In general, a Gray Champion can be recognized by the following characteristics:
- He will have many enemies on both sides of the conflict, all of whom share a deep and abiding hatred of him.
- He will be perceived as not truly belonging to either faction of the conflict, but to be above both.
- His solutions to current difficulties will be both principled and original.
- His manner will be fierce; his commitment unrelenting; his resolve unwavering; his approach uncompromising.
- He will instill courage in the souls of those who are despairing of the grimness of the situation.
- He will come across to his detractors as a pitiless, egomaniacal narcissist.
- His enemies will revel in his setbacks, hurl invective at him at every opportunity, and wish for or even plot his overthrow or assassination.
- He will break every rule, norm, and standard that gets in the way of his ultimate objective: ensuring that his nation is victorious. — From America’s Road Ahead – Part 3
Suddenly, there was seen the figure of an ancient man, who seemed to have emerged from among the people, and was walking by himself along the center of the street, to confront the armed band. He wore the old Puritan dress, a dark cloak and a steeple-crowned hat, in the fashion of at least fifty years before, with a heavy sword upon his thigh, but a staff in his hand, to assist the tremulous gait of age.
When at some distance from the multitude, the old man turned slowly round, displaying a face of antique majesty, rendered doubly venerable by the hoary beard that descended on his breast. He made a gesture at once of encouragement and warning, then turned again, and resumed his way.
“Who is this gray patriarch?” asked the young men of their sires.
“Who is this venerable brother?” asked the old men among themselves.
But none could make reply. ..
“Whence did he come? What is his purpose? Who can this old man be?” whispered the wondering crowd.
Meanwhile, the venerable stranger, staff in hand, was pursuing his solitary walk along the centre of the street. As he drew near the advancing soldiers, and as the roll of their drum came full upon his ear, the old man raised himself to a loftier mien, while the decrepitude of age seemed to fall from his shoulders, leaving him in gray, but unbroken dignity. Now, he marched onward with a warrior’s step, keeping time to the military music. Thus the aged form advanced on one side, and the whole parade of soldiers and magistrates on the other, till, when scarcely twenty yards remained between, the old man grasped his staff by the middle, and held it before him like a leader’s truncheon.
“Stand!” cried he.
The eye, the face, and attitude of command; the solemn, yet warlike peal of that voice, fit either to rule a host in the battle-field or be raised to God in prayer, were irresistible. At the old man’s word and outstretched arm, the roll of the drum was hushed at once, and the advancing line stood still. A tremulous enthusiasm seized upon the multitude. That stately form, combining the leader and the saint, so gray, so dimly seen, in such an ancient garb, could only belong to some old champion of the righteous cause, whom the oppressor’s drum had summoned from his grave. They raised a shout of awe and exultation, and looked for the deliverance of New-England…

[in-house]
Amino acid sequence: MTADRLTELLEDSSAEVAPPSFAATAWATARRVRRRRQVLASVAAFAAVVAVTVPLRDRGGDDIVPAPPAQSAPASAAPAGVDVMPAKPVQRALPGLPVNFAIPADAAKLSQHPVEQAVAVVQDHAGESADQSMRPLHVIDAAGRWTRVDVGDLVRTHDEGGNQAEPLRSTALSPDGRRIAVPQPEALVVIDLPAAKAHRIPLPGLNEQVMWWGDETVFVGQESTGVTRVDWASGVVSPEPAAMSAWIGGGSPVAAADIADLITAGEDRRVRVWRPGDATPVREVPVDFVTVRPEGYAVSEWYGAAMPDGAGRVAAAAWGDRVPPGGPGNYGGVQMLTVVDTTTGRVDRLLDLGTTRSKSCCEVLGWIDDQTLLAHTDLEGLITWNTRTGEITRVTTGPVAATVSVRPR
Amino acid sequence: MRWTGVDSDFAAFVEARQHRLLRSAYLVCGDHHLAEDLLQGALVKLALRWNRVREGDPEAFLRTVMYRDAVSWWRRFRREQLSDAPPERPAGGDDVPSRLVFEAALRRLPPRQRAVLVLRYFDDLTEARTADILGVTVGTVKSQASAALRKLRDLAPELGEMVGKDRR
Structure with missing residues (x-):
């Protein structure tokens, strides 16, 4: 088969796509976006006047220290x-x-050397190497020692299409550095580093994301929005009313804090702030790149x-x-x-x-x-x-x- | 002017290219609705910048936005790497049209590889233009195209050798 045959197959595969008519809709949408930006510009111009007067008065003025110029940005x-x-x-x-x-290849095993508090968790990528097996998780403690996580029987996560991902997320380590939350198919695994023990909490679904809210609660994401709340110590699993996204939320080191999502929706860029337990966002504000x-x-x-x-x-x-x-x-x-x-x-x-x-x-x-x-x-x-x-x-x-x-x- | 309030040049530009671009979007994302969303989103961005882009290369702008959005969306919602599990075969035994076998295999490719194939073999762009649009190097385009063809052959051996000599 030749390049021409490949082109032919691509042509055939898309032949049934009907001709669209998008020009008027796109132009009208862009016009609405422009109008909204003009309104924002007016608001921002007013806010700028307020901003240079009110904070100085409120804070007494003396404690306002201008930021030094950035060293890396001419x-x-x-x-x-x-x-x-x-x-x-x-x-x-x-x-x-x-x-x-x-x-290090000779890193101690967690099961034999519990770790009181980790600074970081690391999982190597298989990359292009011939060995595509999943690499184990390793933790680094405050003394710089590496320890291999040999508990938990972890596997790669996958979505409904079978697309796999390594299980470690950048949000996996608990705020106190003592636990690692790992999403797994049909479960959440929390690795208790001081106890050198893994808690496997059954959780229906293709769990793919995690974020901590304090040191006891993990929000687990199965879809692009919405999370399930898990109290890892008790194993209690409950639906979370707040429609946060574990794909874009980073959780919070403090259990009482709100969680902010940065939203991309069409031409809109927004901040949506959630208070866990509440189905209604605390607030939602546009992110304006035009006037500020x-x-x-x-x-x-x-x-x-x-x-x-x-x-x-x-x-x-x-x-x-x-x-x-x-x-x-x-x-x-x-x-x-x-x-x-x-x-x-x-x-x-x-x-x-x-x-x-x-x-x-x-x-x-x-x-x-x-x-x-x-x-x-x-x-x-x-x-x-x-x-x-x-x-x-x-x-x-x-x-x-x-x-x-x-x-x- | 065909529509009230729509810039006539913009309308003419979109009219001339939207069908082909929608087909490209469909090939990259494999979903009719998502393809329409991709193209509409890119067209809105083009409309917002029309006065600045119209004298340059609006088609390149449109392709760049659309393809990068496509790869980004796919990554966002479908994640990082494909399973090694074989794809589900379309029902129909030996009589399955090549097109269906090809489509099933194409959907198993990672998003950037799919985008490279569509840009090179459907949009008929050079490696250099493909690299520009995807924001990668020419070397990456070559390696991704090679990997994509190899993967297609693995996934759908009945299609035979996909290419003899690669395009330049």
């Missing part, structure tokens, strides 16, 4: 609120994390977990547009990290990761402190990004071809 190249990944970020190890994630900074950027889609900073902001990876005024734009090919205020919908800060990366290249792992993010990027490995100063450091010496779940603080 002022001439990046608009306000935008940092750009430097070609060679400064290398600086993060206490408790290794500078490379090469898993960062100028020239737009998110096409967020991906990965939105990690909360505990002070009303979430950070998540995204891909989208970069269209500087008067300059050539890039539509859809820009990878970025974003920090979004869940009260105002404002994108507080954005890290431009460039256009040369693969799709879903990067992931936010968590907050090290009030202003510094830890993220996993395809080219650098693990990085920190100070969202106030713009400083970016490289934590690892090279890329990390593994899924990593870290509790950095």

“Are you mad, old man?” demanded Sir Edmund Andros, in loud and harsh tones. “How dare you stay the march of King James’s Governor?”
“I have staid the march of a King himself, ere now,” replied the gray figure, with stern composure. “I am here, Sir Governor, because the cry of an oppressed people hath disturbed me in my secret place; and beseeching this favor earnestly of the Lord, it was vouchsafed me to appear once again on earth, in the good old cause of his Saints….With this night, thy power is ended–to-morrow, the prison!–back, lest I foretell the scaffold!”
The people had been drawing nearer and nearer, and drinking in the words of their champion, who spoke in accents long disused, like one unaccustomed to converse, except with the dead of many years ago. But his voice stirred their souls. They confronted the soldiers, not wholly without arms, and ready to convert the very stones of the street into deadly weapons. Sir Edmund Andros looked at the old man; then he cast his hard and cruel eye over the multitude, and beheld them burning with that lurid wrath, so difficult to kindle or to quench; and again he fixed his gaze on the aged form, which stood obscurely in an open space, where neither friend nor foe had thrust himself. What were his thoughts, he uttered no word which might discover. But whether the oppressor was overawed by the Gray Champion’s look, or perceived his peril in the threatening attitude of the people, it is certain that he gave back, and ordered his soldiers to commence a slow and guarded retreat. …
But where was the Gray Champion? Some reported, that when the troops had gone from King-street, and the people were thronging tumultuously in their rear, Bradstreet, the aged Governor, was seen to embrace a form more aged than his own. Others soberly affirmed, that while they marvelled at the venerable grandeur of his aspect, the old man had faded from their eyes, melting slowly into the hues of twilight, till, where he stood, there was an empty space.